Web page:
Brian Johnson is the founder of Bethel Music and WorshipU, and integral in the production of over fifteen albums that have influenced the culture of worship across the global church. Brian has written or co-wrote Christian songs to include Undone, No Longer Slaves, Love Came Down, Forever, and One Thing Remains. The book When God Becomes Real is a look at his life and how anxiety impacted his formulation of all of these things he accomplished.

Of course, I didn’t know who Brian Johnson was before I read this book, so I came into this book not knowing anything about him and completely different expectations.

Faith And Mental Health?

The hardest part about this book is that many who interview Brian report this book as talking about mental health. The copy for this book even talks about how this book addresses Brian’s panic attacks and anxiety from a very young age.

That is not this book. This is an autobiography of Brian’s life first and foremost.

I didn’t know who Brian was and while I love his music, it was not what drew me to read this. Further, the discussion of panic attacks as a mental health issue was not fully discussed until halfway through the book and even then were not fleshed out.

How the situation of anxiety was communicated to the reader actually feels more about how Brian saw panic and anxiety initially as being under attack by demonic forces and then in the second half seeing how he later feels he was having anxiety in his adult life. But its unclear if he actually sees a significant difference here because he talks about medication helping but nothing other than God could help. He wrestles with being away from God, but it gets muddy if he believes the disconnect is because of his own sin or mental health as a medical condition.

Is Mental Health Sin?

This response is not uncommon. Is the issue sin or mental health? I get a sense that Brian did not know. I am actually left feeling as if mental health, anxiety in this situation, is actually because of sin. And of course, it is not. Too many pastors may end up using this text as a source of shame for people to quit living in sin with their mental illness and repent.

For us to rely on only God to take something away is missing the point of community, healing, prayer, and support. He talks about someone saying he should go to therapy but never says if he does. He actually has the perfect platform to talk about how therapy, pastoral counseling, or any other version can be helpful…. and he doesn’t.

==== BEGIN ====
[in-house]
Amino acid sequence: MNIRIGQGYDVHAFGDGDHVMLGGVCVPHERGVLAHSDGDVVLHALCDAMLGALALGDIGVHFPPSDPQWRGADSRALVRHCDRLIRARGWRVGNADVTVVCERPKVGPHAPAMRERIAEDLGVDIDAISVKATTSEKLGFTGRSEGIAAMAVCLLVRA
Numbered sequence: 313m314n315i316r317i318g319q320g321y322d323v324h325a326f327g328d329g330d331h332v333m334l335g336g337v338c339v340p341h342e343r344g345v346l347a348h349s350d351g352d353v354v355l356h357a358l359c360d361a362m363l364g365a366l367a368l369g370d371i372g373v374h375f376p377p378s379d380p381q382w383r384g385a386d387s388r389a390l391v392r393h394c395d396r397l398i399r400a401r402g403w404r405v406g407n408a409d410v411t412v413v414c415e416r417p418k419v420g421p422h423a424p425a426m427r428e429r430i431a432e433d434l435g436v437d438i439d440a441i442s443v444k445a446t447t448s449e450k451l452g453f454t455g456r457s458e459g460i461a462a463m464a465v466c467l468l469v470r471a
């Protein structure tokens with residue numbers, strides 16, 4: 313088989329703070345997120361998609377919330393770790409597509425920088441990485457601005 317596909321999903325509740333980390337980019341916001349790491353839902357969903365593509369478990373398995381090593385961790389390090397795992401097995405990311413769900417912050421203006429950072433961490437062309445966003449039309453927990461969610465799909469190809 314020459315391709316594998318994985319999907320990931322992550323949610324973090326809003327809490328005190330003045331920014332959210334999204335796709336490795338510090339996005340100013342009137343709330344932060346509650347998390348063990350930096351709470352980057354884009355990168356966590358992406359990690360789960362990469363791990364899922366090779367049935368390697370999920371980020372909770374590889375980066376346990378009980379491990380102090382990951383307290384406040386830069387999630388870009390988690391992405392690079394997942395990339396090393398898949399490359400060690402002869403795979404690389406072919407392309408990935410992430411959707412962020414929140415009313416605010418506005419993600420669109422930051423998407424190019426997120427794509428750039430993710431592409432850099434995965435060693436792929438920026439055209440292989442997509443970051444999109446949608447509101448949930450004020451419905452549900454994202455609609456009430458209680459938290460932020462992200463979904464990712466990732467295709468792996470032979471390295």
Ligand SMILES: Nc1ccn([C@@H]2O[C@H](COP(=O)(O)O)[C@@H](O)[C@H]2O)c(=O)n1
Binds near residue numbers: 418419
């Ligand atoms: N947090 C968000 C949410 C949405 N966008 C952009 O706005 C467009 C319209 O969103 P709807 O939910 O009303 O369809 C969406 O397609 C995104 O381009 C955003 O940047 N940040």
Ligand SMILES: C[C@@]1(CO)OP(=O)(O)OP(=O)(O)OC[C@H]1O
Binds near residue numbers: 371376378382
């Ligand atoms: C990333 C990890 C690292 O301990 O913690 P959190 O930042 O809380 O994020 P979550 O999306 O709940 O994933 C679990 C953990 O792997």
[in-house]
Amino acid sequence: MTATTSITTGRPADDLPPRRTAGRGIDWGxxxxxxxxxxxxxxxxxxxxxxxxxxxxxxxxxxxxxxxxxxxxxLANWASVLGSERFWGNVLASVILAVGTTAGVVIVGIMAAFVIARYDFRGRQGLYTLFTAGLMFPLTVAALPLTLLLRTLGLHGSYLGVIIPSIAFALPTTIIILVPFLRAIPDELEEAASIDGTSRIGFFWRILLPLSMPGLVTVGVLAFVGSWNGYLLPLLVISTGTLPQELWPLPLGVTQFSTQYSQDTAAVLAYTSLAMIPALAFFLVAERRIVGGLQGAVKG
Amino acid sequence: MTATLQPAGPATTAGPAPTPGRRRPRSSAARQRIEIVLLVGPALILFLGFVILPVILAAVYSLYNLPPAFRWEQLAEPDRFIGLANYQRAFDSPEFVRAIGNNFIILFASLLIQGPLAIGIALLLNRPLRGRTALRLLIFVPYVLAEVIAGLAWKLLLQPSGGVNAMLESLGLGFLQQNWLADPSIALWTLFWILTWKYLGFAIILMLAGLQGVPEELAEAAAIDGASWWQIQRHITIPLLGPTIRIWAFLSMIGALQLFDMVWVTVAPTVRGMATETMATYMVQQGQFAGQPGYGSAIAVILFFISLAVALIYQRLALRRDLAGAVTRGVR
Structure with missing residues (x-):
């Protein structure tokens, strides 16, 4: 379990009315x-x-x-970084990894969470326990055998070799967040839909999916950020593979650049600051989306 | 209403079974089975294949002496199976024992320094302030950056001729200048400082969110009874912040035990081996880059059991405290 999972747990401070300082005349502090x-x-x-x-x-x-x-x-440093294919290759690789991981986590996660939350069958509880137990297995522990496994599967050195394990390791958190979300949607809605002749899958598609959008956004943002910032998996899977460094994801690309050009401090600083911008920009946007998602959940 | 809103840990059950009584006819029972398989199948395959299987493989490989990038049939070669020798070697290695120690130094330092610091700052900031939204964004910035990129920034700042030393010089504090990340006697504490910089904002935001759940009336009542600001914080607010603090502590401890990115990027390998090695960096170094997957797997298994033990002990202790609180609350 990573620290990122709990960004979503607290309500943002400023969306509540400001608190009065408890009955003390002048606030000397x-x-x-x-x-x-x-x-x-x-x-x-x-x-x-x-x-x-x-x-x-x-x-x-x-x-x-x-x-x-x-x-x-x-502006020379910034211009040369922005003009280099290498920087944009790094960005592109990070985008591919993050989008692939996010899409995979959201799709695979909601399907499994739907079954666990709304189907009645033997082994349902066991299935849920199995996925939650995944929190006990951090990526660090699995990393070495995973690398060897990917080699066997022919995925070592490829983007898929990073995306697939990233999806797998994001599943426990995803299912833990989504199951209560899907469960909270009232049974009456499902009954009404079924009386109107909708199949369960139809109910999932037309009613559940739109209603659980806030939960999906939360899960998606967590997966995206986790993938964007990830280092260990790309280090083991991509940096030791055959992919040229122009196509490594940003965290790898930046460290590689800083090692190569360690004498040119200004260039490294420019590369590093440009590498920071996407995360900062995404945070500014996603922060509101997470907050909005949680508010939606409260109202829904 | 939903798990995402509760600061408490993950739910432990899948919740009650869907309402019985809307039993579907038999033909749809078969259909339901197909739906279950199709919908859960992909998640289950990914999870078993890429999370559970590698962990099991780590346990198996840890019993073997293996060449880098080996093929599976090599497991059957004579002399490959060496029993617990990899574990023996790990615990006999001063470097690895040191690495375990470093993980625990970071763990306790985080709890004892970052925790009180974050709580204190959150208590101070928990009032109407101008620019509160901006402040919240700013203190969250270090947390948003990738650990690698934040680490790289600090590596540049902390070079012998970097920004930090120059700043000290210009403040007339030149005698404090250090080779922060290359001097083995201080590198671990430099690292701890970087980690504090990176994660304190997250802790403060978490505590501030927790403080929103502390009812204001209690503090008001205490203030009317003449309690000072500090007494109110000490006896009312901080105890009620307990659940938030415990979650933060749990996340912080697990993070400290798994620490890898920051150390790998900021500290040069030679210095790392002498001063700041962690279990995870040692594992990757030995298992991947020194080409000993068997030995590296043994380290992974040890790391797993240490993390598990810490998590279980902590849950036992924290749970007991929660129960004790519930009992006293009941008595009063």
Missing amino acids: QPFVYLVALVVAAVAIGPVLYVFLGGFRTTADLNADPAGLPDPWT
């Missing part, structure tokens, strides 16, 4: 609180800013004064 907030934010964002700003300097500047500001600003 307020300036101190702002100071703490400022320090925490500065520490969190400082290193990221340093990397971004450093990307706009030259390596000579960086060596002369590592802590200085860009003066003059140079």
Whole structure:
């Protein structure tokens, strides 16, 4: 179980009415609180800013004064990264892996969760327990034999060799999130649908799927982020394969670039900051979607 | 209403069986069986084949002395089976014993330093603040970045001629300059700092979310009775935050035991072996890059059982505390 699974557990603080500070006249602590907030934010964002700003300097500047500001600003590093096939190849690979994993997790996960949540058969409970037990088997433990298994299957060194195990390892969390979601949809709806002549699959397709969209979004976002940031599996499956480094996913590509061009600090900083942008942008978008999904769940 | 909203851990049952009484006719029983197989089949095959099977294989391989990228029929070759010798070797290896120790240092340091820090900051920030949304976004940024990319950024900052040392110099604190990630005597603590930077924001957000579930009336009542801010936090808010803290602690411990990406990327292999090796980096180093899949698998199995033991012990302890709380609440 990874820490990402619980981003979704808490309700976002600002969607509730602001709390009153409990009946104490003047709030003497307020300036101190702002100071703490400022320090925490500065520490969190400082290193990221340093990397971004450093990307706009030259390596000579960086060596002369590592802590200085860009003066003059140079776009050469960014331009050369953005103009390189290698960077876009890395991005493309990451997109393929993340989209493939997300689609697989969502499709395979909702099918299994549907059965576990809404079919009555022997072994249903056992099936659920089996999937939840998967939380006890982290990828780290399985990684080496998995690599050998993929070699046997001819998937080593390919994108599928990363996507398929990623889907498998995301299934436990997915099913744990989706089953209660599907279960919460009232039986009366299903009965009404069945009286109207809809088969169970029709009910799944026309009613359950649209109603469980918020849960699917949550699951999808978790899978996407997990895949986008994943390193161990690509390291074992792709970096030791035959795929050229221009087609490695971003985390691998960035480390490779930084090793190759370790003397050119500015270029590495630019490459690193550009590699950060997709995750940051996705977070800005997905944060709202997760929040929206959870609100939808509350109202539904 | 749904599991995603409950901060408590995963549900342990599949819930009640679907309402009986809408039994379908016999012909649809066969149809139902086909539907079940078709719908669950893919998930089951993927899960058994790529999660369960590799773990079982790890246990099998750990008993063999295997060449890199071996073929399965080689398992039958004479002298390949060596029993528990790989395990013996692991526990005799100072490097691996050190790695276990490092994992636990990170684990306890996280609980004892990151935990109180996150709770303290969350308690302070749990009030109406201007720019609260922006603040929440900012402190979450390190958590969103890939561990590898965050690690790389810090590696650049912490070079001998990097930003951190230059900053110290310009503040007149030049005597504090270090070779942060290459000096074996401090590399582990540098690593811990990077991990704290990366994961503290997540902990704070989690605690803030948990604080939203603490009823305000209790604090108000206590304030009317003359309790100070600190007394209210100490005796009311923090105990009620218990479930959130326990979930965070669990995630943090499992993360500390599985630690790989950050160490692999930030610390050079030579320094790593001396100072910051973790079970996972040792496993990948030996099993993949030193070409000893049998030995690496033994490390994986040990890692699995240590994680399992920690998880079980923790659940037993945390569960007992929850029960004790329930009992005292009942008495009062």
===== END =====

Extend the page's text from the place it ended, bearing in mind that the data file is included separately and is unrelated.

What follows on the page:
It feels as if his response is to do it yourself, wait for God, and keep praying. This feels very short-sighted and in fact very dangerous. We cannot discount the impact therapy has for so many people. Mental health is a medical disease that can have very serious medical treatments for it.

Don’t mishear me. God can and will do miraculous things. I think God putting the right person, medication, or information in a person’s life is in and of itself a miracle of God and more common than what Brian talks about in this text. I also know mental health is apart of the result of the Fall of man, but mental health is not sin.

I hope to find a book that is written by a prominent Christian that is able to make these connections. This book misses this expectation and really should be pushed only as an autobiography. I give this book a 3 out of 5.

Published by Jeremy Smith

Jeremy is the Co-Occurring Program Coordinator and a Licensed Professional Clinical Counselor at a community mental health center. Jeremy has a history of working as a ministry director for Youth for Christ for 8 years and then working as a mental health and substance use adult counselor in Colorado and Ohio, specifically running an Opioid Residential Treatment Center.

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